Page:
San Miguel Will Soon Have an Airfield

By Antonio De Jesús Aguado

One of Mauricio Trejo’s campaign proposals is about to be fulfilled. Trejo recently said an airfield could be in operation in sixty days if everything follows course.

As a candidate for mayor in 2012, Trejo granted an interview to Atención during which he stressed that San Miguel cannot grow its streets or services further; tourism needs to be focused on attracting bigger buying power to generate larger gross revenue than what is currently provided by tourists. The mayor remarked that San Miguel needed infrastructure, including the opening of the airfield.

“The airfield needs restoration to allow landing of private flights; that will allow us to improve tourism in the city.” Later the state governor, Miguel Márquez, commented that in the near future the airfield could handle air taxis, and Fernando Olivera, Secretary of Touristic Development, came up with the idea of domestic flights to main Mexican destinations.

Recently, Trejo told Atención that a company designated by the General Department of Aeronautics is conducting three studies at the airfield. The results of these studies—soil compacting, wear and tear, and adherence—will be handed over in the next thirty days.

Then the city council will create a local company, made up of members of the local administration and the private sector, which will be in charge of getting the permits from the General Department of Aeronautics to allow the landing of Pilatus, Caravan 206, and King Air 186 aircraft, and others, in the first phase of the airfield development. In the second phase, once the local company begins operation, construction of a hangar and a control tower will begin, and some electrical work with the high-voltage lines will be done to allow the landing of air taxis, “always respecting the regulations,” Mayor Trejo said.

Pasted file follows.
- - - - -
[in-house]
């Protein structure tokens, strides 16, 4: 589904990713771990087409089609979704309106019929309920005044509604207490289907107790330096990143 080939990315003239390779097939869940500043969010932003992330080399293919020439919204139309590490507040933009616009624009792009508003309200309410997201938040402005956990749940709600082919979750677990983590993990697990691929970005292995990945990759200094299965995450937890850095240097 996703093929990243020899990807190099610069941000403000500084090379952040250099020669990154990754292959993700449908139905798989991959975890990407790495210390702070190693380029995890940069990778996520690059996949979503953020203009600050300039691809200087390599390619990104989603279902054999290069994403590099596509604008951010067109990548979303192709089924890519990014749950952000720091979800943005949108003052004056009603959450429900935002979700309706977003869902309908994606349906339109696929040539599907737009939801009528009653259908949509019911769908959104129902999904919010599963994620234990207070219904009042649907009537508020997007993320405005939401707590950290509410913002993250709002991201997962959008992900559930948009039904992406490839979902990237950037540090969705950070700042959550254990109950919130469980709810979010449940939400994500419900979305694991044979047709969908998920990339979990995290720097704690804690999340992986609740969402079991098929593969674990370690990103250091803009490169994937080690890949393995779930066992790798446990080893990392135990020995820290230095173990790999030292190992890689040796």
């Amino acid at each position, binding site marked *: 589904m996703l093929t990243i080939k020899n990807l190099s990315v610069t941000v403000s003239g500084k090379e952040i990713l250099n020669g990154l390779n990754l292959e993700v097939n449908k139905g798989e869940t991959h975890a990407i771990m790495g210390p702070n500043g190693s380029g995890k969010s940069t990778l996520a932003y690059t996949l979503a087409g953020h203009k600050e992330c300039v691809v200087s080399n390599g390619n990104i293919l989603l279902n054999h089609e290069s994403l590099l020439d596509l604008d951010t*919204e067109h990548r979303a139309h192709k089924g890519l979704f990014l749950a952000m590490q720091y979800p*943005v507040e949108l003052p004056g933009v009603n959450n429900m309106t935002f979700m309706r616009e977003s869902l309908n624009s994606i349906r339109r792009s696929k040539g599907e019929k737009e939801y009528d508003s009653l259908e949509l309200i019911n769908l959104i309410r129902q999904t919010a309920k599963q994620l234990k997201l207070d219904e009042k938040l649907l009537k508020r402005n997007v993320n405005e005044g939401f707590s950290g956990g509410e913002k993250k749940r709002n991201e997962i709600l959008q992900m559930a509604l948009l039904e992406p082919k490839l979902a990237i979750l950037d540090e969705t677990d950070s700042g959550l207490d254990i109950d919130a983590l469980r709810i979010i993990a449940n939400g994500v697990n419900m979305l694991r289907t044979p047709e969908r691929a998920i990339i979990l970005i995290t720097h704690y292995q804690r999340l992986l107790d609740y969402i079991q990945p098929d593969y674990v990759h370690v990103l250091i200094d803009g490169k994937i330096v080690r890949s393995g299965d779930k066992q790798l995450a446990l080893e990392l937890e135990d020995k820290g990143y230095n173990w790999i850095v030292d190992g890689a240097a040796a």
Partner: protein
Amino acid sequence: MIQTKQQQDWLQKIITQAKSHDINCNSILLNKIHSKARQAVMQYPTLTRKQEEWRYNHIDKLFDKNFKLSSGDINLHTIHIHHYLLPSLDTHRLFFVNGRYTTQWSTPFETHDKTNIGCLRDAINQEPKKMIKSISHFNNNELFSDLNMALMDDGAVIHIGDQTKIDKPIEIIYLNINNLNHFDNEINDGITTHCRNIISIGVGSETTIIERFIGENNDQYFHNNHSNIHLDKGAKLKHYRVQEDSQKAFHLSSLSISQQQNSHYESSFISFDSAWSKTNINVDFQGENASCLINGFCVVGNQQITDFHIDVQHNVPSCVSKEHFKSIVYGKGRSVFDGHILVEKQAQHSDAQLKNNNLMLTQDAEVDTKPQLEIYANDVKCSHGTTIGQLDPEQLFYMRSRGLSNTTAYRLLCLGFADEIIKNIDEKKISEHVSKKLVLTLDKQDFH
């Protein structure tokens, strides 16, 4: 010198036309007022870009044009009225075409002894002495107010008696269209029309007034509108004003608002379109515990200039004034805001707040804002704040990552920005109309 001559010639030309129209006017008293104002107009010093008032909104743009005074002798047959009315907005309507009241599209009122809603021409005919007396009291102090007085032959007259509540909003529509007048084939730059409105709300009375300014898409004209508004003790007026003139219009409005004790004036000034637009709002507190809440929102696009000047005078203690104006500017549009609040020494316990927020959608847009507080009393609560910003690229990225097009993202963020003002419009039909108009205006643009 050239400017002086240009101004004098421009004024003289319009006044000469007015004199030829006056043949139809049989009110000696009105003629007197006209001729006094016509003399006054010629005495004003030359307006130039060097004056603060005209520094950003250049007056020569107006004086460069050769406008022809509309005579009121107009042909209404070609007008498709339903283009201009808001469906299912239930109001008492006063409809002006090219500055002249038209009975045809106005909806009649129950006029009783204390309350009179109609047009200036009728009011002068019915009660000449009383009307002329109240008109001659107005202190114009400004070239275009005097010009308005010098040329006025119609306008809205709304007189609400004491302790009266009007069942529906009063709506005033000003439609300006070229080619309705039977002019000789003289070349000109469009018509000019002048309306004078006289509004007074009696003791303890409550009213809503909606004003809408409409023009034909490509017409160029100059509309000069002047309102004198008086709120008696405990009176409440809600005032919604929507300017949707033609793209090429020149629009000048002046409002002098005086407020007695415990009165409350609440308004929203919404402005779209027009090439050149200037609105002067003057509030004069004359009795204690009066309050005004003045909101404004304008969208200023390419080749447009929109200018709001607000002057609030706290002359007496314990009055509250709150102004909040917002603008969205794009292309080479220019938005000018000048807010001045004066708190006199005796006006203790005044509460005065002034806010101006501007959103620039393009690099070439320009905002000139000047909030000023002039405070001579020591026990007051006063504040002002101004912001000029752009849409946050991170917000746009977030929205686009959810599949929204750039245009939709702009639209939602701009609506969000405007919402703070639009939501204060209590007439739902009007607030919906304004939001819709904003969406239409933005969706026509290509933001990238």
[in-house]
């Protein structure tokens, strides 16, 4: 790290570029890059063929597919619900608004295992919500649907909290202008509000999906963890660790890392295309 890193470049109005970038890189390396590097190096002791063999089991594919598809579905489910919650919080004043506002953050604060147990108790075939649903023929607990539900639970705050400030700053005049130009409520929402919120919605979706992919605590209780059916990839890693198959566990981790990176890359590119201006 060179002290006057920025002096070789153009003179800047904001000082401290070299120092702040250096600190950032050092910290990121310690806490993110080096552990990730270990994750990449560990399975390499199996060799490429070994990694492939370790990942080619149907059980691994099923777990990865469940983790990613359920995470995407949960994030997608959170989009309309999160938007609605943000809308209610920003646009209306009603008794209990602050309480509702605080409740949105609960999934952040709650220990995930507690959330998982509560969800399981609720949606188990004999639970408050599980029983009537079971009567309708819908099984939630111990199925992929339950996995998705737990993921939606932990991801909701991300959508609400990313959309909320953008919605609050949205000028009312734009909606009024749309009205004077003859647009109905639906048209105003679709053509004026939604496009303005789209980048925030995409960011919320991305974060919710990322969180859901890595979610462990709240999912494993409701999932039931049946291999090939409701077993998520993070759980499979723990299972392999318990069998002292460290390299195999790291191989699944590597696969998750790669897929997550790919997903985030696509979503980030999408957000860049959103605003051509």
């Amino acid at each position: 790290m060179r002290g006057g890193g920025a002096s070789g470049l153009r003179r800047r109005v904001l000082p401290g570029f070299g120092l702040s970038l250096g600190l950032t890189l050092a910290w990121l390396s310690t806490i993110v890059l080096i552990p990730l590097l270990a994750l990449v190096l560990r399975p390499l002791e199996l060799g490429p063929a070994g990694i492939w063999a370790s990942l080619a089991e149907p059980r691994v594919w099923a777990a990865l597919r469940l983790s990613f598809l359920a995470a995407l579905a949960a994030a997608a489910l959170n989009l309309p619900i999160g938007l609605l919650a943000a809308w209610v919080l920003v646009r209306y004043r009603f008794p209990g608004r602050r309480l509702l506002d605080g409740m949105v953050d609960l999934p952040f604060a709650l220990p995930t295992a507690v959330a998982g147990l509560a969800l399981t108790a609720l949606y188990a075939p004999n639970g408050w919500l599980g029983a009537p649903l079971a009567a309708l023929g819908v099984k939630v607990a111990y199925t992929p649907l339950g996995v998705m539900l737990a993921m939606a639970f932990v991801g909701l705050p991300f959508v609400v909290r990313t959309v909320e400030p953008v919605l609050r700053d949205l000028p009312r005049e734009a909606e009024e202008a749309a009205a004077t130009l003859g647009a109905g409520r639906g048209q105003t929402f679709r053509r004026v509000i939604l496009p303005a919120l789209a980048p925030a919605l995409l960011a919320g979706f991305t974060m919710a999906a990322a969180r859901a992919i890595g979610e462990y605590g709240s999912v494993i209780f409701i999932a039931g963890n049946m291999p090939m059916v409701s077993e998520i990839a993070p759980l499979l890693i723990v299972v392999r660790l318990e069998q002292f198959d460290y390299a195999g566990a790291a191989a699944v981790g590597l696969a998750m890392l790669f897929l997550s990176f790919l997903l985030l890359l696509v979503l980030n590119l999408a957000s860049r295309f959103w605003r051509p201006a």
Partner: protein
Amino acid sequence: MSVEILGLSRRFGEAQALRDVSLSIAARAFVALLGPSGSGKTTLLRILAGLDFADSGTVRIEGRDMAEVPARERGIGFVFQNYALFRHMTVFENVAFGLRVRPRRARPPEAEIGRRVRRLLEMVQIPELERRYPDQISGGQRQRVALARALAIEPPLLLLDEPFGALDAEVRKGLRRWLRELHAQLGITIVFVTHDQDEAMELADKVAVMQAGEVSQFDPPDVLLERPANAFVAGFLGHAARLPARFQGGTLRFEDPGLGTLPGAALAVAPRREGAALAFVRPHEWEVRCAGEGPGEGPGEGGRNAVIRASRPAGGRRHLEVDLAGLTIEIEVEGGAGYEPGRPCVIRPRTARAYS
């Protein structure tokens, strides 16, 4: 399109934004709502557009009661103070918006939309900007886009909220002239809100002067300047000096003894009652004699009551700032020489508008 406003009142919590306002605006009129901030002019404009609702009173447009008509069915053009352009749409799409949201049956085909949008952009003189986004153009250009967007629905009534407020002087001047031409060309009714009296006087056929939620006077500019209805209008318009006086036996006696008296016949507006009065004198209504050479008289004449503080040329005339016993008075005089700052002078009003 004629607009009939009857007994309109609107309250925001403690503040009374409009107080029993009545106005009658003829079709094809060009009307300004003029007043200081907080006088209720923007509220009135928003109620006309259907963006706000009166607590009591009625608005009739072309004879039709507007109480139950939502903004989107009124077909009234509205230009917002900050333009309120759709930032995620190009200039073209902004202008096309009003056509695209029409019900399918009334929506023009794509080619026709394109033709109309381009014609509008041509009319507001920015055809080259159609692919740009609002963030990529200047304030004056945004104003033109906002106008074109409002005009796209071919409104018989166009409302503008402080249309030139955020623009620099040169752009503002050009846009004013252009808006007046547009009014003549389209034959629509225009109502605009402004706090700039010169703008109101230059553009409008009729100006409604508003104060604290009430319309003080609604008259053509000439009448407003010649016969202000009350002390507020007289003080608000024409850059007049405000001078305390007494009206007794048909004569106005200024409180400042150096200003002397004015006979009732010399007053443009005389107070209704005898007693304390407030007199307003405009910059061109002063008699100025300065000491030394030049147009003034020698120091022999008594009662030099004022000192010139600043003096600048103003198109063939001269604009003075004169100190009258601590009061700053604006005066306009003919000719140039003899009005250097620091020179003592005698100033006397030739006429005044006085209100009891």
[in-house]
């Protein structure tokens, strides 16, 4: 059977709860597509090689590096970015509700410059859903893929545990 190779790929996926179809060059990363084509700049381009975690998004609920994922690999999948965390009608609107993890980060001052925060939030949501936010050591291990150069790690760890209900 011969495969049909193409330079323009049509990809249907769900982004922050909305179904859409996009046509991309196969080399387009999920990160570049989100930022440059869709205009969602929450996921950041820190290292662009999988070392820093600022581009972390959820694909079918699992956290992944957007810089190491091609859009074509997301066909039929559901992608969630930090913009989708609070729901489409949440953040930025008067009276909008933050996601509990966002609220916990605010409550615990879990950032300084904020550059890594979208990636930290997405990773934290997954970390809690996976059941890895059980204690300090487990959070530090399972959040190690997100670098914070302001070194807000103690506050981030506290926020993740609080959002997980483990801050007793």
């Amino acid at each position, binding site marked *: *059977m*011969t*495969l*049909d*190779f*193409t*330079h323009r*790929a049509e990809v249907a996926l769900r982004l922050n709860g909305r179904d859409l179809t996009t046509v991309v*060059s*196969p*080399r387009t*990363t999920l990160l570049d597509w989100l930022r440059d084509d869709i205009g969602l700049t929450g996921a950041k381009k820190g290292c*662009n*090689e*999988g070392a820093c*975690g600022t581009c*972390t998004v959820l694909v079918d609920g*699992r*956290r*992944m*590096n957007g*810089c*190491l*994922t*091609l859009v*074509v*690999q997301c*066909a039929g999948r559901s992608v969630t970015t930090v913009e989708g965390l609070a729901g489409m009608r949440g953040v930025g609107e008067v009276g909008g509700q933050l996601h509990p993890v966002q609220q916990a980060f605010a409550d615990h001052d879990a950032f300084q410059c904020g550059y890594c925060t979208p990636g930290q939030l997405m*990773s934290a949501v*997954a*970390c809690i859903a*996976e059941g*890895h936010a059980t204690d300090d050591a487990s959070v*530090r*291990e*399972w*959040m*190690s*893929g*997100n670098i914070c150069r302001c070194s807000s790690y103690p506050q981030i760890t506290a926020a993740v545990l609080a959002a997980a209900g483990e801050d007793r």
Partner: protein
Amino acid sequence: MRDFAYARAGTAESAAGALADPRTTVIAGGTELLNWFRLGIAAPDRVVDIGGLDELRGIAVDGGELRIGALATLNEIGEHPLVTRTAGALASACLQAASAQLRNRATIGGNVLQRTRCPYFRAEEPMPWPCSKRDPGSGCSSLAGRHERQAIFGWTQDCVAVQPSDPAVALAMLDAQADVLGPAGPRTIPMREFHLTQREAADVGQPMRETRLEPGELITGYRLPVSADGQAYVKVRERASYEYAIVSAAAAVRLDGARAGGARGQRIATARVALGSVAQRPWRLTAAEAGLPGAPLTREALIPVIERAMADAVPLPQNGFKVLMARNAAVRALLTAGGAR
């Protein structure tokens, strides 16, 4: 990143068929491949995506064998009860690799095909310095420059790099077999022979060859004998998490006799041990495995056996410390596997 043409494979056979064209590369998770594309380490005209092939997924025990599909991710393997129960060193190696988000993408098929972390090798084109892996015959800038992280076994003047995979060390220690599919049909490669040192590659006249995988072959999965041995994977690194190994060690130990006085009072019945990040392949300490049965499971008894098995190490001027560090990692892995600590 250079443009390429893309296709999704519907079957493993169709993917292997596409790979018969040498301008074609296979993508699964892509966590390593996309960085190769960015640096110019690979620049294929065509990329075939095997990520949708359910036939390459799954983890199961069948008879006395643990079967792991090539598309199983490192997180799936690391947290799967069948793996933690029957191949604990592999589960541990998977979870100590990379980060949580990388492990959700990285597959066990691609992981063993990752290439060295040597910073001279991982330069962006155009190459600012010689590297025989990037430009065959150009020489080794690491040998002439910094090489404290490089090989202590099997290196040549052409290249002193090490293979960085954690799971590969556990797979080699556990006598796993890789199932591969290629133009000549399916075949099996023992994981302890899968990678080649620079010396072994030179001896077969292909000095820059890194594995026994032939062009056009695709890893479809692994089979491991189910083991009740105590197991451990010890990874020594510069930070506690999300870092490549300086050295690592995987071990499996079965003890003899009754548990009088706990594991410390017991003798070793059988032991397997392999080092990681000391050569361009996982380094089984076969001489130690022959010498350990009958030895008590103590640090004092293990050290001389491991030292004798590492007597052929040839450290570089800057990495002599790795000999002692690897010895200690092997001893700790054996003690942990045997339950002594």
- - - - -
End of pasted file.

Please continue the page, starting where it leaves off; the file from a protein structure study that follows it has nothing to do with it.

The third phase of the airfield “will reach out as far as the imagination can take us,” remarked Trejo. The mayor said that he does not want sanmiguelenses to see or hear the airplanes. “There will be an unbroken entrance and exit into the airspace,” he said, emphasizing that the city’s image will not be damaged.

According to Trejo, for San Miguel, the upcoming opportunities are “huge.” In the meantime, he will try to attract specialized medical companies to invest in the municipality offering advantage of having a landing strip for their air ambulances.


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